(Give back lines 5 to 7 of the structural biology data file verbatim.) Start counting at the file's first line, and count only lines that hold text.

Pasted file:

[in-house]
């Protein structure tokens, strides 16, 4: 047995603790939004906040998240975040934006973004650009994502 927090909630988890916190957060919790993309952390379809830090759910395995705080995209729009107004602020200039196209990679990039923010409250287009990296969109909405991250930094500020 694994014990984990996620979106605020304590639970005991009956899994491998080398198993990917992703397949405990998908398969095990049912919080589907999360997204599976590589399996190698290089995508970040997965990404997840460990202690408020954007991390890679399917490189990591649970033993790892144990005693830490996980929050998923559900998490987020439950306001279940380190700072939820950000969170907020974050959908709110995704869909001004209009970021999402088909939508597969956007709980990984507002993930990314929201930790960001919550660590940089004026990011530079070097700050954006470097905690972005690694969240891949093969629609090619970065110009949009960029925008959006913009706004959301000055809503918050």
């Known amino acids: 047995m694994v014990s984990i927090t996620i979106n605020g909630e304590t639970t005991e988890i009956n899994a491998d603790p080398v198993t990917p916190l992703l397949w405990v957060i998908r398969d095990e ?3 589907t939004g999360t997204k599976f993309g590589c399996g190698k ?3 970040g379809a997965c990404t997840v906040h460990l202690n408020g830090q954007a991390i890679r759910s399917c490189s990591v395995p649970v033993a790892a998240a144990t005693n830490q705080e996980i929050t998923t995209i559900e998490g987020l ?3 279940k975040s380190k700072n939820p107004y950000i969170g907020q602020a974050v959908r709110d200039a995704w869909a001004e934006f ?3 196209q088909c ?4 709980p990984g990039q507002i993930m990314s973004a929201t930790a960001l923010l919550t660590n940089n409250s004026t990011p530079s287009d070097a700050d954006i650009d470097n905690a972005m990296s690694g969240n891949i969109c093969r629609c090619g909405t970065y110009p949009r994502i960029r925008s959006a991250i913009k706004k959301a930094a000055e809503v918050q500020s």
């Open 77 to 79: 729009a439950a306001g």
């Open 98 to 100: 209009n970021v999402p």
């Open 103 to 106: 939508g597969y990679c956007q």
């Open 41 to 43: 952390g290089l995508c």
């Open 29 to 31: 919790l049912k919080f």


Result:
């Open 98 to 100: 209009n970021v999402p």
């Open 103 to 106: 939508g597969y990679c956007q």
């Open 41 to 43: 952390g290089l995508c």